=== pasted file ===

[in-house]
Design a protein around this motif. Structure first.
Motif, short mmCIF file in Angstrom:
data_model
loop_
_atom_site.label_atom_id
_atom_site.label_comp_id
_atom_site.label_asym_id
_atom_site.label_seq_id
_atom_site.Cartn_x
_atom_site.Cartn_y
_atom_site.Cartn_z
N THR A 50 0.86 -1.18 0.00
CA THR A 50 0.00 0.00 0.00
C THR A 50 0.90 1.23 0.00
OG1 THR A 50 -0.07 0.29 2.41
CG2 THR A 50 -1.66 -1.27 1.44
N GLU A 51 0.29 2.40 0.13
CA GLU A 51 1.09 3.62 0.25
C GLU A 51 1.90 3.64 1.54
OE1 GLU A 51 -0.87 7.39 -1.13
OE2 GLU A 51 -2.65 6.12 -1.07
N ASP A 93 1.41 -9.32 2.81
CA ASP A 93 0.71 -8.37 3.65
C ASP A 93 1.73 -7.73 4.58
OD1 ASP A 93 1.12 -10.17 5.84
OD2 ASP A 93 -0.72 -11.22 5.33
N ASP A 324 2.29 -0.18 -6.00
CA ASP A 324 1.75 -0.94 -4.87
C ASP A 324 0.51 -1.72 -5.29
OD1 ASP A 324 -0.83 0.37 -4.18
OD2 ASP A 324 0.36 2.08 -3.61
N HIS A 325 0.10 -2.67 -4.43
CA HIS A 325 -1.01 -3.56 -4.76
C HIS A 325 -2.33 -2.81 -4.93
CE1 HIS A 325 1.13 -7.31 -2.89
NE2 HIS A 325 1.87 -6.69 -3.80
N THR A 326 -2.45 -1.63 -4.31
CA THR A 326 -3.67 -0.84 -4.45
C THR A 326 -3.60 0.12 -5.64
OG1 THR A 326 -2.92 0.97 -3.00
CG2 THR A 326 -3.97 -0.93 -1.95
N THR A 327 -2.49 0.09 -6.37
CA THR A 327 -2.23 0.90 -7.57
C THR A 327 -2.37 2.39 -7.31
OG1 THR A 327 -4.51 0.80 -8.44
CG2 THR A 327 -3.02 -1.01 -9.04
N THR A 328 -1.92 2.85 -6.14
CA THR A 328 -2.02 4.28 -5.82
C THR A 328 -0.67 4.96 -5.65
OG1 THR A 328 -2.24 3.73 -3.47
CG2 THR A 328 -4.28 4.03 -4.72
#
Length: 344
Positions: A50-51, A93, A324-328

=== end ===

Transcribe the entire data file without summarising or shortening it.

[in-house]
Design a protein around this motif. Structure first.
Motif, short mmCIF file in Angstrom:
data_model
loop_
_atom_site.label_atom_id
_atom_site.label_comp_id
_atom_site.label_asym_id
_atom_site.label_seq_id
_atom_site.Cartn_x
_atom_site.Cartn_y
_atom_site.Cartn_z
N THR A 50 0.86 -1.18 0.00
CA THR A 50 0.00 0.00 0.00
C THR A 50 0.90 1.23 0.00
OG1 THR A 50 -0.07 0.29 2.41
CG2 THR A 50 -1.66 -1.27 1.44
N GLU A 51 0.29 2.40 0.13
CA GLU A 51 1.09 3.62 0.25
C GLU A 51 1.90 3.64 1.54
OE1 GLU A 51 -0.87 7.39 -1.13
OE2 GLU A 51 -2.65 6.12 -1.07
N ASP A 93 1.41 -9.32 2.81
CA ASP A 93 0.71 -8.37 3.65
C ASP A 93 1.73 -7.73 4.58
OD1 ASP A 93 1.12 -10.17 5.84
OD2 ASP A 93 -0.72 -11.22 5.33
N ASP A 324 2.29 -0.18 -6.00
CA ASP A 324 1.75 -0.94 -4.87
C ASP A 324 0.51 -1.72 -5.29
OD1 ASP A 324 -0.83 0.37 -4.18
OD2 ASP A 324 0.36 2.08 -3.61
N HIS A 325 0.10 -2.67 -4.43
CA HIS A 325 -1.01 -3.56 -4.76
C HIS A 325 -2.33 -2.81 -4.93
CE1 HIS A 325 1.13 -7.31 -2.89
NE2 HIS A 325 1.87 -6.69 -3.80
N THR A 326 -2.45 -1.63 -4.31
CA THR A 326 -3.67 -0.84 -4.45
C THR A 326 -3.60 0.12 -5.64
OG1 THR A 326 -2.92 0.97 -3.00
CG2 THR A 326 -3.97 -0.93 -1.95
N THR A 327 -2.49 0.09 -6.37
CA THR A 327 -2.23 0.90 -7.57
C THR A 327 -2.37 2.39 -7.31
OG1 THR A 327 -4.51 0.80 -8.44
CG2 THR A 327 -3.02 -1.01 -9.04
N THR A 328 -1.92 2.85 -6.14
CA THR A 328 -2.02 4.28 -5.82
C THR A 328 -0.67 4.96 -5.65
OG1 THR A 328 -2.24 3.73 -3.47
CG2 THR A 328 -4.28 4.03 -4.72
#
Length: 344
Positions: A50-51, A93, A324-328